If anyone was wondering why all the punks were hanging about the 013, it’s really only for one band tonight and that is the Japanese proto-hardcore outfit G.I.S.M. Lee Dorrian really scored with this addition to the Rituals For the Blind Dead. The band has never played outside of Japan, but for Roadburn this is about to change. The band around Shigehisa “Sakevi” Yokoyama does not waste much words and just jumps right into it, with their particular brand of chaotic, raw and abrasive hardcore punk.
On the screen a display of cartoonish weirdness is shown, which seems to turn into a more explicit bit of footage with every rambling song. The music is ratting, rampaging and barely under control. Sakevi is hopping around on stage, barking his vocals into the microphone and generally looking like he has a great time being here. The normally laid back crowd has exploded into a violent pit in front of the stage from the first notes on, because… you know, this is G.I.S.M. Often bands from the punk background excel in smaller venues, but the interaction between G.I.S.M. and the crowd, though mostly wordlessly is phenomenal, and the huge main stage becomes for a little less than an hour a dirty punk squat full of fist raising rebels. G.I.S.M. on Roadburn proves that Roadburn can even raise the dead.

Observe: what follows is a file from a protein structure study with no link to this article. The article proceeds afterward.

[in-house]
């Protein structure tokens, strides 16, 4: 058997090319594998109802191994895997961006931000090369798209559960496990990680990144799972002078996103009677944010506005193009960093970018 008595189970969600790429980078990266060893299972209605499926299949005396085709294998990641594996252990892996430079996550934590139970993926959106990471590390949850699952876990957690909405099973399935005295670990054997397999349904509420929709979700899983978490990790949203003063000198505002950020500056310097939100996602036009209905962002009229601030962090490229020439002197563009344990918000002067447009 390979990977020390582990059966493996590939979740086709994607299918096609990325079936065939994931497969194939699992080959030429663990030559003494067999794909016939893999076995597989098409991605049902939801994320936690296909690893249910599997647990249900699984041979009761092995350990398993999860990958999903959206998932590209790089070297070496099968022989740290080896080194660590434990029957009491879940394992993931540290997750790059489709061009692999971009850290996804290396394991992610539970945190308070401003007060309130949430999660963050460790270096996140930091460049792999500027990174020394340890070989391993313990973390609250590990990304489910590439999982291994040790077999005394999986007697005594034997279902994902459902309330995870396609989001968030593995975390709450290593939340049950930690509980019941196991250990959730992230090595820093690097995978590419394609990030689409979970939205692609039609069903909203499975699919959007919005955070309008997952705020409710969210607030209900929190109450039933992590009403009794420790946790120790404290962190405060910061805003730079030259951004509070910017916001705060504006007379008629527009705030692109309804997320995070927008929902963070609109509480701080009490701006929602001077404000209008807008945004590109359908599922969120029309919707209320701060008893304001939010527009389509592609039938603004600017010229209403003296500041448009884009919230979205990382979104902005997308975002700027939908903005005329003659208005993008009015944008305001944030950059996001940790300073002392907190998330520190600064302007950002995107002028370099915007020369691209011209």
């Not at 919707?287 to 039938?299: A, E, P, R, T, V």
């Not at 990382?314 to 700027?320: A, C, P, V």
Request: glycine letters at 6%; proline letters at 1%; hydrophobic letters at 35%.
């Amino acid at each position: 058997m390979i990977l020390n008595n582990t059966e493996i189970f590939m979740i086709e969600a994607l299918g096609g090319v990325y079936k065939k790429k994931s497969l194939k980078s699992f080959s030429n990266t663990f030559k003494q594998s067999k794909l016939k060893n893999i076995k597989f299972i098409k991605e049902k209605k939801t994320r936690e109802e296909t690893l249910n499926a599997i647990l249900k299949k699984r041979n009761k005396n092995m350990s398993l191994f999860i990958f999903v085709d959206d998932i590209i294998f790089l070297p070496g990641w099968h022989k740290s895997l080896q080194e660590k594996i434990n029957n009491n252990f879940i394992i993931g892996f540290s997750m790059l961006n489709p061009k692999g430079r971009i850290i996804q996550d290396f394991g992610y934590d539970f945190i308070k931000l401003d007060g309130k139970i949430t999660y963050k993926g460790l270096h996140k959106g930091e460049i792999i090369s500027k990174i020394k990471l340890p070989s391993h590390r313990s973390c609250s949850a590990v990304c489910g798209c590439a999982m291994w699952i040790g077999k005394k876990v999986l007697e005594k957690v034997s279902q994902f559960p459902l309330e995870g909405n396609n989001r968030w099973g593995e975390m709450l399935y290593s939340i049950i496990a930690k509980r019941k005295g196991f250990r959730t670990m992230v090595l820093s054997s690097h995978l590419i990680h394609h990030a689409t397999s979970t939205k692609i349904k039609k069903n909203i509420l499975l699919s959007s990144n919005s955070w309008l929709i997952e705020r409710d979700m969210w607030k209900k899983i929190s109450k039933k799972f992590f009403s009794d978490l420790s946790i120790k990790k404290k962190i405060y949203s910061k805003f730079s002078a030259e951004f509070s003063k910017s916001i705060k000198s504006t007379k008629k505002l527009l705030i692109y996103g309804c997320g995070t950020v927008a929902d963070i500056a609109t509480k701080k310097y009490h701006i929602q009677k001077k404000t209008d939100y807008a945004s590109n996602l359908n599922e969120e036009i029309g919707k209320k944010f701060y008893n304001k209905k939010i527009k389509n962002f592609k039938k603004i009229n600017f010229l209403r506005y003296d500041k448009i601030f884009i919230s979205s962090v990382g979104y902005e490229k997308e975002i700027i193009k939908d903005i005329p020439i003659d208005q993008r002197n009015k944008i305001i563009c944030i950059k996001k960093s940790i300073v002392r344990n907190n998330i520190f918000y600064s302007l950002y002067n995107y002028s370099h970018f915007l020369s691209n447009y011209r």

There’s a lot of fussing going on stage in the Green Room. Lychgate may have made a truly fascinating black metal album last year, but setting up their organ is still a hassle. It takes the band forever to get ready and even launching into their set, the first tune is a bit of a stretched out line-check. From there on the band never really grasps its strength during the one hour se as the band members keep looking at each other in what seems like a generally confused situation.